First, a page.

Doug Taylor and Rabbi Morton Moskowitz

I was cold, I was tired, and above all, I didn't want to be here.
A snow-covered branch, strategically positioned directly overhead, succumbed to its extra winter weight and gave way, causing a cascade of the cold white stuff to make a direct hit down the back of my neck. I controlled the urge to smash my snow shovel into the ground.
"Looks like you're having fun," said a familiar voice.
I looked up from the driveway to see my friend, the King of Rational Thought, standing on the nearby sidewalk.
"Many descriptive words are possible at this particular moment," I said, walking toward him. "Fun isn't one of them."
"So why are you doing it?" he asked, after explaining that he was out for a morning walk. "It's the weekend, and your driveway is flat enough that you could get your car out if you had to. Why bother shoveling the snow off? It'll probably melt in a day or two anyway."
"Because of the neighbors," I snapped.
He lifted an eyebrow. "What about the neighbors?"
"Well look around," I said. "Every one of them has already been up and shoveled his driveway clean. Mine's the only one on the block looking unkempt."
He pondered that for a moment but didn't even glance at the neighbors. Instead he looked right at me and asked, "How does a great baseball player evaluate himself?"
Now it was my turn to stare. "What?" I said.
"How does a great baseball player determine that he's great? What yardstick does he use?"
It seemed crazy to be discussing this in the driveway with the mercury below 30, but I replied anyway. "Well, based on batting averages, home runs, number of errors, stuff like that."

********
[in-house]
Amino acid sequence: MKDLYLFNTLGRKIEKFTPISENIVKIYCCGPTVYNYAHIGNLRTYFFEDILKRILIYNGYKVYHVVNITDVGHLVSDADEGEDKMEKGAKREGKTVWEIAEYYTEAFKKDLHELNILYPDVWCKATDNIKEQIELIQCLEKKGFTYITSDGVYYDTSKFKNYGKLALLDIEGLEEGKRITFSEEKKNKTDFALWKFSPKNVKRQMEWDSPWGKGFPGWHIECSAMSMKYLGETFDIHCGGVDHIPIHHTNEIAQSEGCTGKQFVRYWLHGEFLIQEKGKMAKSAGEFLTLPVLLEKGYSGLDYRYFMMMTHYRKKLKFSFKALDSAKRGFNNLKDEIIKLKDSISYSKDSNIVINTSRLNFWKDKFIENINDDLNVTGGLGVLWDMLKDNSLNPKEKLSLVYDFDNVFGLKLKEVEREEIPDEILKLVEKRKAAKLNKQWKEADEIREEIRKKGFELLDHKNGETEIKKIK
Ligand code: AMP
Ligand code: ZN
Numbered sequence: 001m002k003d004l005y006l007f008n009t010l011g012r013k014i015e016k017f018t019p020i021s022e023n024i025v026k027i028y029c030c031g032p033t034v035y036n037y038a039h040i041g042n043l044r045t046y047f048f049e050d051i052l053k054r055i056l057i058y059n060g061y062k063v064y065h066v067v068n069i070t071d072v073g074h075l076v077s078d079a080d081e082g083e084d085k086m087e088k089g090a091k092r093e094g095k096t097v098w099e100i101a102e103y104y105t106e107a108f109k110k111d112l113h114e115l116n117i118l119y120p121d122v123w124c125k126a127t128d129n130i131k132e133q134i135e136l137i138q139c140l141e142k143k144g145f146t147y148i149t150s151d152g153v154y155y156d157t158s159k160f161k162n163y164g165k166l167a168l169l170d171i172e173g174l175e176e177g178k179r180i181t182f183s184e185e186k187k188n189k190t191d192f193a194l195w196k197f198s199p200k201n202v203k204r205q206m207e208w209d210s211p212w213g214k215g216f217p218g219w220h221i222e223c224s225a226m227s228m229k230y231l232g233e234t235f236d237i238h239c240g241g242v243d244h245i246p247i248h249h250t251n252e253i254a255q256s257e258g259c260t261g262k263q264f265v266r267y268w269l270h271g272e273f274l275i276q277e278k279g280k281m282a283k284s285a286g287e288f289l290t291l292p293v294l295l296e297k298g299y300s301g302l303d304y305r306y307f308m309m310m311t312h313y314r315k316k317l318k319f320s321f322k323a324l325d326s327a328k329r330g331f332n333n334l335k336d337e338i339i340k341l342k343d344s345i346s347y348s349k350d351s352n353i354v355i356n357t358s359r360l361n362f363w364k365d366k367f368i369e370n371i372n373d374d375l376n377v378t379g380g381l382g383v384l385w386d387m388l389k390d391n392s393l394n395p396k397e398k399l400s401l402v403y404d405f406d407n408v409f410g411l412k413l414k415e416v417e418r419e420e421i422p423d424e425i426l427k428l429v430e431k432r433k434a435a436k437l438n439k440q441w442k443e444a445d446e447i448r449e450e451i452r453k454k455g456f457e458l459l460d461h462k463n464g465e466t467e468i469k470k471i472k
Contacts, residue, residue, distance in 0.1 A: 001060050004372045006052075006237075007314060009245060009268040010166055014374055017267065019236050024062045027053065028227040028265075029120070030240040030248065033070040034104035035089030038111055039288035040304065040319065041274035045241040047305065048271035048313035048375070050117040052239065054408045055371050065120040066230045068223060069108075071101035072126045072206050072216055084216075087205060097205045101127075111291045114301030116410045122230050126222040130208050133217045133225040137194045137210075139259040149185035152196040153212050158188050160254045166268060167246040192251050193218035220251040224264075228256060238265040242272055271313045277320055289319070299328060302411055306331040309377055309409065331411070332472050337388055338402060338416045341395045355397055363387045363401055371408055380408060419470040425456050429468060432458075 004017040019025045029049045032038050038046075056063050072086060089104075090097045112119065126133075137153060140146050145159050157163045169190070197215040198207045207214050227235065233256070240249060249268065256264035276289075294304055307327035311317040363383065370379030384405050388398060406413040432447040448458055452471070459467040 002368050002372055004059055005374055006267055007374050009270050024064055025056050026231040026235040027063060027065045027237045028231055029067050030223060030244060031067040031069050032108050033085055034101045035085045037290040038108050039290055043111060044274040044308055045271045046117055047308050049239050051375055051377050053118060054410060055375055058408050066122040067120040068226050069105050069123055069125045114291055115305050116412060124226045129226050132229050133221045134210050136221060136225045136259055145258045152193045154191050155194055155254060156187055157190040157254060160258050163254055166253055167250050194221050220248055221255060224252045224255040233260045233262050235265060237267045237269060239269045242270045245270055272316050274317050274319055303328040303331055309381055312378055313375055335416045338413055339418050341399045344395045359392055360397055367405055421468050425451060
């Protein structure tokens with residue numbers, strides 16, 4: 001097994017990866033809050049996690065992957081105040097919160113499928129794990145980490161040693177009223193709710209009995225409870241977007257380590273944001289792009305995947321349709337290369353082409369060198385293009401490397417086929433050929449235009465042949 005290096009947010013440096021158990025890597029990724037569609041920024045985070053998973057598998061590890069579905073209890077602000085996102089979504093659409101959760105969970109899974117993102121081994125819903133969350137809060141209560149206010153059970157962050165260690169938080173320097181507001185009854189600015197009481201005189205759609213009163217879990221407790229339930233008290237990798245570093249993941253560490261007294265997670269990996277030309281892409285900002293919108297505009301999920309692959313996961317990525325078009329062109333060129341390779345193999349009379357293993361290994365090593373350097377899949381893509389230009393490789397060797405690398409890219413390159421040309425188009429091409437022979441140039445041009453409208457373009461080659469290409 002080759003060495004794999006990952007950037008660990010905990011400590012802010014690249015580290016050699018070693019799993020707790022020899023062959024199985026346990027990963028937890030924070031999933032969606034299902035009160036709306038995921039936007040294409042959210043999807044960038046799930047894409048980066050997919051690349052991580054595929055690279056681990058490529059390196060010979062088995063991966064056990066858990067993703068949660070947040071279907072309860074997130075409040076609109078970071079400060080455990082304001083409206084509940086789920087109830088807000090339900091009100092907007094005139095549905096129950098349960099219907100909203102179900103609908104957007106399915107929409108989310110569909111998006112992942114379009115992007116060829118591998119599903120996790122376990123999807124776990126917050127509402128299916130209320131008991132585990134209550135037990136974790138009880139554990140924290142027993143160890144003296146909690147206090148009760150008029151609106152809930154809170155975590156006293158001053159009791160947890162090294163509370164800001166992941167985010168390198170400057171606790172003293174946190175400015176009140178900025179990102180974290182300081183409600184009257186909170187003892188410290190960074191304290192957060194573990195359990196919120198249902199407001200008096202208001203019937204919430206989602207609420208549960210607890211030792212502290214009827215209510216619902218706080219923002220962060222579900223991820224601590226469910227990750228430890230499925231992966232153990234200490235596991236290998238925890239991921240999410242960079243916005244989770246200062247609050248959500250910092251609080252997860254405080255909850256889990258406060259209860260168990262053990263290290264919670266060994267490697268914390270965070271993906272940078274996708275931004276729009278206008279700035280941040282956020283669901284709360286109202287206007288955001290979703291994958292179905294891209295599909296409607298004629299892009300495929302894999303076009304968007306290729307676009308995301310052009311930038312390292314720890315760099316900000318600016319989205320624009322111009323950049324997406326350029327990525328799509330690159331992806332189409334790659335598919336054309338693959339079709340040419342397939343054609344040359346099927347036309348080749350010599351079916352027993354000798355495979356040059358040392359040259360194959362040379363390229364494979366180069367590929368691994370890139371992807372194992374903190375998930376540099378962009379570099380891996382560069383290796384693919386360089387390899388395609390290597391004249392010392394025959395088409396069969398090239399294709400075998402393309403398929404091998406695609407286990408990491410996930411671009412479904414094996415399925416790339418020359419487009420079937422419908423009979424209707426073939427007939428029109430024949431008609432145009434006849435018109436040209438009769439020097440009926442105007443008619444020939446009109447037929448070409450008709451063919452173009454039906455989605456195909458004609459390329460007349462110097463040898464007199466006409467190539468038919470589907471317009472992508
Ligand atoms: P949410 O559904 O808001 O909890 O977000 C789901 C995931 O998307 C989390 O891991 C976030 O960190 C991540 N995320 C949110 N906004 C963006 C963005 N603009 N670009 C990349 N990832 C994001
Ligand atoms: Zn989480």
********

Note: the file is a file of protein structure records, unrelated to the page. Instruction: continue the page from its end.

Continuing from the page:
"I understand," he said, "but what is the basis for determining that a given number is the yardstick for greatness?"
What was he driving at? "You look at another great player," I replied. "You measure your results against his."
"So the other player becomes the yardstick?"
"Sure," I said. "That's the way it works in almost anything."
"Interesting," he said. "Has it ever occurred to you that, once you set up another person as the yardstick in evaluating yourself, you have made yourself subordinate to that person? You're subservient to him. That's the basis for competition. Whenever you go into competition with another person, you've automatically set him or her up as the standard. Notice that you haven't worked out an objective standard. You've just arbitrarily set up another person as the standard and are measuring your worth against that person."
He scooped up a handful of snow, began molding a snowball, and continued. "The problem is, of course, that the other person may not be a realistic standard for you at all. The standard for your behavior should be set objectively and rationally. Not on the basis of what someone else is doing."
"So?" I asked.
"So give me one rational reason why you should shovel your driveway when there's no practical reason to do so and you're clearly not enjoying it," he challenged.
I opened my mouth to answer. Then, like a dud missile that finally connects with the fuse, I got it.
He didn't even give me time to respond. "Let me show you something fun to do with this snow," he went on. "See that tree over there?" He pointed to a giant cedar near the middle of my yard, some 30 feet away. "How about this? You're looking a little chilled and probably need a break. We'll each throw a snowball at the trunk of the tree. Whoever hits closest to the middle of the trunk wins. Loser buys lattes."
"You're on," I said, dropping my shovel and grabbing a handful of snow. I hastily packed a tight one with my wool mittens and sent it flying... almost through the front window. I missed the tree by at least six feet.
Without a word, the King of Rational Thought drilled his snowball dead center into the tree.
I stared. "How did you...?"
He grinned. "I played baseball in college."